If your irises aren’t looking healthy this year, they may have a condition called bacterial soft rot. The bacteria will cause a smelly and slimy rot of the leaves and rhizomes. Leaves often separate easily from the rhizome. If your plants are heavily infested they may die.
Though most often associated with iris borer, environmental damage can also provide an entry point for this disease.
Rhizomes that show extensive signs of damage should be discarded. If there is a plant that has special value, you may wish to try to save it. The American Iris Society suggests using a spoon to remove all infected tissue. Then, allow the rhizome to dry in the sun. Finally, use a chlorine based cleanser to powder the wound. Dousing in place with Dial antibacterial soap (with triclosan) can be substituted for the chlorine based cleanser.
When dividing rhizomes from beds that have shown evidence of soft rot, disinfect the knife between cuts of even apparently healthy rhizomes with a 10% bleach solution or rubbing alcohol.
As mentioned previously, iris borer damage can provide a place of entry for this disease. To control iris borers, remove and discard dead leaves in the fall to eliminate a number of the iris borer eggs. Larvae can also be killed by hand in June by squeezing infested leaves in the vicinity of the injury. During division, borers in lightly infested rhizomes can be killed by poking them with a piece of wire. Borer control can also be achieved through the use of imidacloprid (Merit, Bayer All-In-One Rose & Flower Care, Bonide Systemic Granules, Hi-Yield Systemic Insect Granules) or through the use of the parasitic nematodes Steinernema carpocapsae or Heterorhabditis bacteriophora.
If you have been disappointed by your annual flower beds or containers in past seasons, try our tested varieties. K-State has tested annual and perennial flowers for many years to find the best of the best. These colorful blooms are sure to stand up in our summer heat, and hot winds. Use the Prairie Star website as a shopping list when picking out your flowers this spring.
Prairie Star Annuals and Prairie Bloom Perennials Website:
Christmas plants such as poinsettias, holiday cactus, and amaryllis bulbs are a fun way to bring some color to the winter months. They like a bright, sunny location in your home and regular watering. With proper care these plants can be kept from year to year for lasting value.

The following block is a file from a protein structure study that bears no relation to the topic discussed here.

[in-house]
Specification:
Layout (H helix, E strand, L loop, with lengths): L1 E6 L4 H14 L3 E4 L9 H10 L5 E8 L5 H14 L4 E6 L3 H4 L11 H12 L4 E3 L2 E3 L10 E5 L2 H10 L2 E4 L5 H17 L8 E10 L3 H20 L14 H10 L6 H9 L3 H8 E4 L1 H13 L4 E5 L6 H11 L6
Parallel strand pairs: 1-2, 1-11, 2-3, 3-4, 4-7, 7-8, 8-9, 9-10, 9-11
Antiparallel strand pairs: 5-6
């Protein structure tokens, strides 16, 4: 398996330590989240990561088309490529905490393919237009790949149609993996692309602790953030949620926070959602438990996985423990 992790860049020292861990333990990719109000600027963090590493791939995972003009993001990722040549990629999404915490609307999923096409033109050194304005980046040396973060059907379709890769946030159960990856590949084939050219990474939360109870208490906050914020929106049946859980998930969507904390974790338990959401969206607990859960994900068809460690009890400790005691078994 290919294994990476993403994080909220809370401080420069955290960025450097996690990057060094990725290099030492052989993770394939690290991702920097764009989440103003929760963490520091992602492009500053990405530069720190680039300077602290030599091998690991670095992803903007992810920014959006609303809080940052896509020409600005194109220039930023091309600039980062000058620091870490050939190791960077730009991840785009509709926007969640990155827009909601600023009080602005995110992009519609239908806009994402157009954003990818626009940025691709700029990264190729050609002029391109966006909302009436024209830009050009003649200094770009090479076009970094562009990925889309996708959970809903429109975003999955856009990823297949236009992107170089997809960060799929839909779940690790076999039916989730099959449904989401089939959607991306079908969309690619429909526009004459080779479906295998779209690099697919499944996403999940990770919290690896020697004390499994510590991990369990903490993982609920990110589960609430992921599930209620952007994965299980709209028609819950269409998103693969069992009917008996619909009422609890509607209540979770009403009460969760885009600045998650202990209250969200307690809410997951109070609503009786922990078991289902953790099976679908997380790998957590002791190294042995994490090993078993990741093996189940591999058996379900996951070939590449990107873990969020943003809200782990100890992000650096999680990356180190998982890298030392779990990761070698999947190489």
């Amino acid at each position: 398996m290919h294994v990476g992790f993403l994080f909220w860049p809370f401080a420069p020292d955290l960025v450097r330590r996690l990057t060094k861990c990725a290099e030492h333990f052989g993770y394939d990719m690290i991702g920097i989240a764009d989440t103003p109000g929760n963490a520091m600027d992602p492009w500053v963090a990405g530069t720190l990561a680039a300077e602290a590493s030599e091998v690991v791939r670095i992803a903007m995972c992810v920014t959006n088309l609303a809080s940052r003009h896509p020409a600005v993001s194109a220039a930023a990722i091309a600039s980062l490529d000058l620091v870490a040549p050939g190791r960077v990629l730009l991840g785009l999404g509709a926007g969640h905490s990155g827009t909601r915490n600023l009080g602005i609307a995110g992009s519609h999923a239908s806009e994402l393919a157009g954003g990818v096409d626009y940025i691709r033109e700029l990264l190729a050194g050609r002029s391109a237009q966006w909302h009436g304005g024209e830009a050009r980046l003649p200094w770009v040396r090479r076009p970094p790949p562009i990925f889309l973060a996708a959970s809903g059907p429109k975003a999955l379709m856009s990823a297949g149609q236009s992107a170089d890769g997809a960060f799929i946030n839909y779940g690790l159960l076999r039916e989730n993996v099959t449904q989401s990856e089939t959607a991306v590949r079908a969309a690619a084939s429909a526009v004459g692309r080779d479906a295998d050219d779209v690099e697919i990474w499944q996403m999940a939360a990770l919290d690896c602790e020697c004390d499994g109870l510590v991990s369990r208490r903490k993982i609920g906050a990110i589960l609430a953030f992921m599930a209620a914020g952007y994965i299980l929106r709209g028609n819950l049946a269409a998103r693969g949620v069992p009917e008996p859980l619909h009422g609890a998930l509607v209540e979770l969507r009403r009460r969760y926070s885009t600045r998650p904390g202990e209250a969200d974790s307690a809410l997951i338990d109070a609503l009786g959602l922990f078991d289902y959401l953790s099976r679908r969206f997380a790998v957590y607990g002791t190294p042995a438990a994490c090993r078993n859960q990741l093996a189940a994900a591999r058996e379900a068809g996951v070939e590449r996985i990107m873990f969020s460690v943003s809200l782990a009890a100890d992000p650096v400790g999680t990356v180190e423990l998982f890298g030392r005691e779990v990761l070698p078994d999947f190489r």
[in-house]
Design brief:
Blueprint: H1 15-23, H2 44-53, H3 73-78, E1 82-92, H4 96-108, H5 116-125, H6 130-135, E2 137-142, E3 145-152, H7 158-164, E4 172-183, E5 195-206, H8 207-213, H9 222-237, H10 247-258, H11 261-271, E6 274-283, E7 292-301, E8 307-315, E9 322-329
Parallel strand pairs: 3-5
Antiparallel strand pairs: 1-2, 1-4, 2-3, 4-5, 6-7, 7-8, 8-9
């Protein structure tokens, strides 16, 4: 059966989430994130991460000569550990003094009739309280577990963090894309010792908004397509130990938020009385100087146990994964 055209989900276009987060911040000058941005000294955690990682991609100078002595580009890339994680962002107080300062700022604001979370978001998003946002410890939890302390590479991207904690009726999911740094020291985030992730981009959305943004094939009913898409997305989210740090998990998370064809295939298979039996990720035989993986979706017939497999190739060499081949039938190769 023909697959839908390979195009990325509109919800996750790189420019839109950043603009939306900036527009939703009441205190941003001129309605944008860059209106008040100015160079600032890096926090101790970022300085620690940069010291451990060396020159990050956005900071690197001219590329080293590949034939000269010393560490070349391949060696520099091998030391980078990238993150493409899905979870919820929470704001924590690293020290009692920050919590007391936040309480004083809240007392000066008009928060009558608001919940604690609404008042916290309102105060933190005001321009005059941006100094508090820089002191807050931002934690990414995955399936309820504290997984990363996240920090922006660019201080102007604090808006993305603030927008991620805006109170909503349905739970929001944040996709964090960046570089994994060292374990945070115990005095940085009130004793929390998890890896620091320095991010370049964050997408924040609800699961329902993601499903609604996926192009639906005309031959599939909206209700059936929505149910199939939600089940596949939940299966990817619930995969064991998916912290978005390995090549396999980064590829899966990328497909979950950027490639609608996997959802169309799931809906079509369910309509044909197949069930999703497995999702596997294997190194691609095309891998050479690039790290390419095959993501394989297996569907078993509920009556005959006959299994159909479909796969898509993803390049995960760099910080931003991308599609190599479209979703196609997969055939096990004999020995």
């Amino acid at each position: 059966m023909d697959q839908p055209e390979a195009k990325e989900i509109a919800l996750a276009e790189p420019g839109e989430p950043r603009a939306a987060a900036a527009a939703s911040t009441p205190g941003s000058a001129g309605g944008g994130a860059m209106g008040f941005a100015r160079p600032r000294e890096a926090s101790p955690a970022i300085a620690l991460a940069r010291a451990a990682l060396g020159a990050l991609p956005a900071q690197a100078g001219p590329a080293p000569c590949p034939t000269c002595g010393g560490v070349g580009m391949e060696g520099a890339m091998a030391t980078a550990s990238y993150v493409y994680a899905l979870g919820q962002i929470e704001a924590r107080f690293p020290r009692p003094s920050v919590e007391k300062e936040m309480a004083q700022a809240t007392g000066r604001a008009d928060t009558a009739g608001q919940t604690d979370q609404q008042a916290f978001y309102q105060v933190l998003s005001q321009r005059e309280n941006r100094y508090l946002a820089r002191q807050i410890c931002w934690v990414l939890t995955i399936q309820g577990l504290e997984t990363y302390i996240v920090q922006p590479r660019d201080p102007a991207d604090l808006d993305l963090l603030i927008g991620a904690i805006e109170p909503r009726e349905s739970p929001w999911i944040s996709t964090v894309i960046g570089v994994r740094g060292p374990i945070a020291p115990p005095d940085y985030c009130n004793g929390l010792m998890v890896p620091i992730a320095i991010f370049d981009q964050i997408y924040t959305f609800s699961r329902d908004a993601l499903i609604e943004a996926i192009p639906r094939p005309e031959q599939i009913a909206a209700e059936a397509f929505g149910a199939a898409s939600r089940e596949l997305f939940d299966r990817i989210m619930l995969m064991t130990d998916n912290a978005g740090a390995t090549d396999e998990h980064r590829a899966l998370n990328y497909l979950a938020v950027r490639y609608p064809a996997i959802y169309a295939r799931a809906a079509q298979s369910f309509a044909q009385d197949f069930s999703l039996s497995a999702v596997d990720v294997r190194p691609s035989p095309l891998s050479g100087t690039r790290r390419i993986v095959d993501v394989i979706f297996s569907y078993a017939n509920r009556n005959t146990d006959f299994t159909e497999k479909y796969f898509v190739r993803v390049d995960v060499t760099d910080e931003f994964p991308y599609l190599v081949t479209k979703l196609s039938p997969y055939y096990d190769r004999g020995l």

Is the thought of cold, winter days bringing you down? Fall is the best time to plant bulbs to have a pop of color in your landscape in the spring. Bulbs are often the first plants to make an appearance after a long winter and can be enjoyed with little effort and maintenance.
To view the full article along with planting tips, visit our blog!
Nature always gives us signals as seasons change. When summer starts to shift toward fall, the leaves begin to change colors. Another sure sign that fall is right around the corner is the arrival of colorful and beautiful fall mums in garden centers.
Now is the time to plan how and where to use these plants effectively around your home and landscape. A newer trend for growers is to mix colors in containers, so be ready for even more decisions.
Watch this video for information on how to get your mums to last through the winter:
Sunflowers are usually ready to be harvested beginning in mid-September and into October. Seed heads can ripen on the plant, but they will need protection from birds. Try covering the heads with a paper sack or cheesecloth once the petals start turning brown. Use a twist tie or rubber band to secure the covering. This will not only help keep birds out but will prevent ripened seeds from dropping out of the head. Check for maturity by looking for the following signs:
– Florets in the brown center of the flower disk should be shriveled.
– Heads should have turned down.
– The backside of the head should be lemon yellow.
The ultimate check, of course, is to pull a few seeds to see if they have turned black with white stripes, the typical color. Empty shells usually indicate a lack of pollination earlier in the year. If heads are to remain uncovered, harvest when a few seeds start turning black and white. The flavor will not be good as when seeds are allowed to ripen on the plants, but fewer seeds will be lost.
Cut the heads and place in a paper sack. Some people prefer to cut the heads with about a foot of stem attached and hang them upside down in a dry, well-ventilated area. A paper bag or cheesecloth can be placed over the heads to prevent seeds from dropping as they dry. Seeds can be easily removed from dry heads by rubbing gently.